I had been to Kamakura before, but this was the first time I rented a bicycle and it turned out to be a fantastic idea! In comparison to the many times that I had explored the city on foot, I experienced Kamakura in a completely different way. Being able to easily cover greater distances, I discovered beautiful temples a bit off the beaten track, and enjoyed the lovely residential side streets with a great variety of architectural highlights.
I rented the bicycle at a shop at Kamakura station. Leave the station taking the East Exit, turn right, and about 50m in front of you, there's a sign on the wall "Rent a bike/coin locker". Walk up the stairs and there, in front of you, is a garage full of bicycles. They offer the standard Japanese bicycle with the basket in the front, and they also have the battery-assisted version. I just went for the normal one, which was absolutely fine. Don't expect any English skills from the staff; however, as there are no major details to discuss—the prices are clearly stated on a sign at the entrance—it's all very straightforward. I had to complete a short form with my contact details and show them a photo ID. The staff also provided me with a free but excellent map, much better than the one I was given at the tourist information at the station.
Finally, I was ready to go! I decided to go to the Hokoku-ji Temple first, also known as the bamboo temple because of its stunning bamboo garden, with over 2,000 large bamboo trees. Usually this is at least a 30-minute walk from Kamakura station, but it did not even take 10 minutes by bicycle. Of course I could have taken the bus, but then I would have missed all those lovely residential side streets in between. So the convenience of renting a bicycle became obvious right from the first moment.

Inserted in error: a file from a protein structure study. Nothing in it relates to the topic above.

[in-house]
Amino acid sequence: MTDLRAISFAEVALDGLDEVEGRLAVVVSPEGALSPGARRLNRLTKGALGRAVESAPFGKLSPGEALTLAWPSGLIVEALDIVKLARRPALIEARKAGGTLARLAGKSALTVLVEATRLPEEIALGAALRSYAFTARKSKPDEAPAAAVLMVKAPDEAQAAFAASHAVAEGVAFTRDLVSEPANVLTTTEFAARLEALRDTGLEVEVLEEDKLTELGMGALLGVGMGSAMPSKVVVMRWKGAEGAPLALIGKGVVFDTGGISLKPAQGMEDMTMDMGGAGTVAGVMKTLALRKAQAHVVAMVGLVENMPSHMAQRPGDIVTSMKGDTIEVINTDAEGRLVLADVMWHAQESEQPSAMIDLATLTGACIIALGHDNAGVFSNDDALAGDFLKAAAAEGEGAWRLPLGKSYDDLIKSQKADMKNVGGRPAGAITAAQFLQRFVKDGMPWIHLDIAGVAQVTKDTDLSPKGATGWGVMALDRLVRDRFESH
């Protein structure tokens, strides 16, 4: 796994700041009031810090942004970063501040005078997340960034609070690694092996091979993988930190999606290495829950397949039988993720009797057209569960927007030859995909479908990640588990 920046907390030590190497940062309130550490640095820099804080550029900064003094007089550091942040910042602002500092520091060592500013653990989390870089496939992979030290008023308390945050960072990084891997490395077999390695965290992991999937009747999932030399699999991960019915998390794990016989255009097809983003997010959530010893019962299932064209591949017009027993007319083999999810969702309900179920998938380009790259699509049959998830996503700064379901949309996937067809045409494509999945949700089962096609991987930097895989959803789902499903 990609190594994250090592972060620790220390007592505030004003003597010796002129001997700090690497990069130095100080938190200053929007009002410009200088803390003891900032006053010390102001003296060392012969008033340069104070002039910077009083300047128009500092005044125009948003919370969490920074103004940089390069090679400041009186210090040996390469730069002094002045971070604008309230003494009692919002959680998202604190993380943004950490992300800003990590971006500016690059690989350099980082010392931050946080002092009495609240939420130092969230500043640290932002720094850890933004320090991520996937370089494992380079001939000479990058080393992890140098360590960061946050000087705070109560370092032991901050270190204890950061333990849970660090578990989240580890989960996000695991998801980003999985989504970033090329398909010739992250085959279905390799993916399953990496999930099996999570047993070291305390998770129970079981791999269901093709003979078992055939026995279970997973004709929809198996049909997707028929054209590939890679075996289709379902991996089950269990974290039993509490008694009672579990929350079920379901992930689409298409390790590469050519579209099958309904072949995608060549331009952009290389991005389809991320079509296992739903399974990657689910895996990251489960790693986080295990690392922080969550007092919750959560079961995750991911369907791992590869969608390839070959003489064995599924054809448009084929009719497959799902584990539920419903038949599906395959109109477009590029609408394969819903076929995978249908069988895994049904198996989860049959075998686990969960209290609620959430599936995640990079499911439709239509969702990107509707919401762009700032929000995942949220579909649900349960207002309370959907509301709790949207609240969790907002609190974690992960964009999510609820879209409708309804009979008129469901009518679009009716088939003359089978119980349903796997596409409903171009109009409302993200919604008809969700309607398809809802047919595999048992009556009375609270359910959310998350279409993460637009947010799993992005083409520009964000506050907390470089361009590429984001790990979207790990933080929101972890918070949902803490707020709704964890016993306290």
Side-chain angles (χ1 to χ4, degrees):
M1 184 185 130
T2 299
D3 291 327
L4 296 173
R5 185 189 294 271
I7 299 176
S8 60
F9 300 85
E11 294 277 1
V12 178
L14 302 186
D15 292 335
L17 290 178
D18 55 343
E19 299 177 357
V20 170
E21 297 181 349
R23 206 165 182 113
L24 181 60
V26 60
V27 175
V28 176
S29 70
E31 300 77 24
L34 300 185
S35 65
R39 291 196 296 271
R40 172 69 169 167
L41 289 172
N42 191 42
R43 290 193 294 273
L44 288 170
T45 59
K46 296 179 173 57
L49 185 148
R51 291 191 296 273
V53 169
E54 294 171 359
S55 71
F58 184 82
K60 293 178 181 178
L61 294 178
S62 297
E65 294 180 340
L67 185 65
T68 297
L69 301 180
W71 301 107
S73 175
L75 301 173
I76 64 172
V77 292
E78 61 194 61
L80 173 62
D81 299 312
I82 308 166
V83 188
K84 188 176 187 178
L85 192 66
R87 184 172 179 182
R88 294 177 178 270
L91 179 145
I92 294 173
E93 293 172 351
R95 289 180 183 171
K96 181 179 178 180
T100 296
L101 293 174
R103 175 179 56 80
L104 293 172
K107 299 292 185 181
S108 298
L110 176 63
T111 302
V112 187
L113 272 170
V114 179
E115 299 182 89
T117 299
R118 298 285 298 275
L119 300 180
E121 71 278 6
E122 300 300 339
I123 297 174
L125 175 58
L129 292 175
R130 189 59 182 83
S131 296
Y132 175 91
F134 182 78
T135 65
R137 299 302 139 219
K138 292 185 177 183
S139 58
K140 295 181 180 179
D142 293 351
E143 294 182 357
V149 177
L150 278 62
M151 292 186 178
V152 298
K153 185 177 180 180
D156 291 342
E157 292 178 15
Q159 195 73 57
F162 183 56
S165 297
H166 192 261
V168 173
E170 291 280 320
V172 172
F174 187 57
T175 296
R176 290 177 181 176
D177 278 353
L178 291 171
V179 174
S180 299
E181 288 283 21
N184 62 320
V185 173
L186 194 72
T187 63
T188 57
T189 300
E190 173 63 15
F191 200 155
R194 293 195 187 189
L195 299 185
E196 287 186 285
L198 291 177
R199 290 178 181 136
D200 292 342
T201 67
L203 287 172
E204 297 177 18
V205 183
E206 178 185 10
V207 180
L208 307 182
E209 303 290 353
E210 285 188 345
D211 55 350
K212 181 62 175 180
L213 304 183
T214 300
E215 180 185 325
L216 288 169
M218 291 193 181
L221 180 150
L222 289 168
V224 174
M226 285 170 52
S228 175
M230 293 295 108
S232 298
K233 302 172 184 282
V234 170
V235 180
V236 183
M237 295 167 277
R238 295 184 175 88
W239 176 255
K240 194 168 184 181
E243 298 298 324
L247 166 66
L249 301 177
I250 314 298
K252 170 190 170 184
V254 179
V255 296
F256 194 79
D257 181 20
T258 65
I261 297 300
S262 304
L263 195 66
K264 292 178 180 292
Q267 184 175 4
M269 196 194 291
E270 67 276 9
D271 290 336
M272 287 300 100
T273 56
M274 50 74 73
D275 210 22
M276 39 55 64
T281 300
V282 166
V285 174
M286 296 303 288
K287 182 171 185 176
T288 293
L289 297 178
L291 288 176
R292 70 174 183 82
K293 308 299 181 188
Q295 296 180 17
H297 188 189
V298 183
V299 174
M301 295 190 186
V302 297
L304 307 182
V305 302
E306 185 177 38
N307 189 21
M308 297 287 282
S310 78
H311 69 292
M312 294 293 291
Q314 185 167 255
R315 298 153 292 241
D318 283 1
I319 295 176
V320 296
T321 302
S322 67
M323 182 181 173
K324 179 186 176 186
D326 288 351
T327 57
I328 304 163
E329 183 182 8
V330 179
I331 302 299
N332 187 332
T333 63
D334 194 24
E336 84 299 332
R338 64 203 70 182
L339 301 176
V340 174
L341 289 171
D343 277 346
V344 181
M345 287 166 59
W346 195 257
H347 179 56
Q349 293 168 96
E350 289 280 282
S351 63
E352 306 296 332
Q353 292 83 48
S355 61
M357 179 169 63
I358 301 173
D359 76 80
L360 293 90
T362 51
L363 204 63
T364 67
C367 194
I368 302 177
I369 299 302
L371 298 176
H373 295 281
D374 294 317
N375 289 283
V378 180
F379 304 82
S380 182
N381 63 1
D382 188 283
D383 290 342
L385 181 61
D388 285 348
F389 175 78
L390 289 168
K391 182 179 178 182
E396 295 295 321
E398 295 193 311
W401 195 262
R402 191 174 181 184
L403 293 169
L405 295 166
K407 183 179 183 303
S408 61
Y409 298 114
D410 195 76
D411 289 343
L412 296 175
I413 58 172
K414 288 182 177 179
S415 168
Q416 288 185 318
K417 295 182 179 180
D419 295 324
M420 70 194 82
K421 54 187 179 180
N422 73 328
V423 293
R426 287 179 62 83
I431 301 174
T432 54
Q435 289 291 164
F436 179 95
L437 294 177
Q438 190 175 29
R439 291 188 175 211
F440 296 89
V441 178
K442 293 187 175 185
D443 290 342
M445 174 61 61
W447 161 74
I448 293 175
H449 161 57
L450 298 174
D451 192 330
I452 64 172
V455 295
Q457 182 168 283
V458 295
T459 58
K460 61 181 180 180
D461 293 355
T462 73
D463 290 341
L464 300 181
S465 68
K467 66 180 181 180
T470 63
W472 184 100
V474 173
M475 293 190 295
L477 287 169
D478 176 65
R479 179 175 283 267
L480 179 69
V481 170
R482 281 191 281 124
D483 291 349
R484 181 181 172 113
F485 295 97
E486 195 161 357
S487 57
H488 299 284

You can continue to discover other temples in the eastern part of the city, but it's also an easy ride down to Yuigahama Beach, which is what I chose to do. Don't worry if you're not used to driving on the left hand side of the road. Car drivers in Kamakura are quite used to cyclists and it's acceptable to cycle on the sidewalk—just follow the locals. Whenever it gets crowded—like it usually does around the Daibutsu (Great Buddha)—, please be respectful towards pedestrians: Get off the bike and walk.
After a nice lunch at the beach we continued our tour to the Great Buddha and then further on to the famous Zeniarai Benten Shrine. It's said that when you wash your money there, it will double later on. Worth a try I thought! From there it's a short and mostly downhill ride back to the station. You'll arrive at the station from the other side; to get back to the rental shop you have to take the underpass on the left, which takes you back to your starting point.
This is such a great day trip from Tokyo. No booking is needed, either for the train or for the bicycle, so you are ready to go anytime. I recommend leaving early in the morning though, around 9 a.m. at the latest, so that you can really enjoy a full day out there.
Kamakura station, Kamakura
JR Yokosuka Line from Tokyo or Shinagawa Station
JR Shonan Shinjuku Line from Shinjuku and Yokohama
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Kamakura station, Kamakura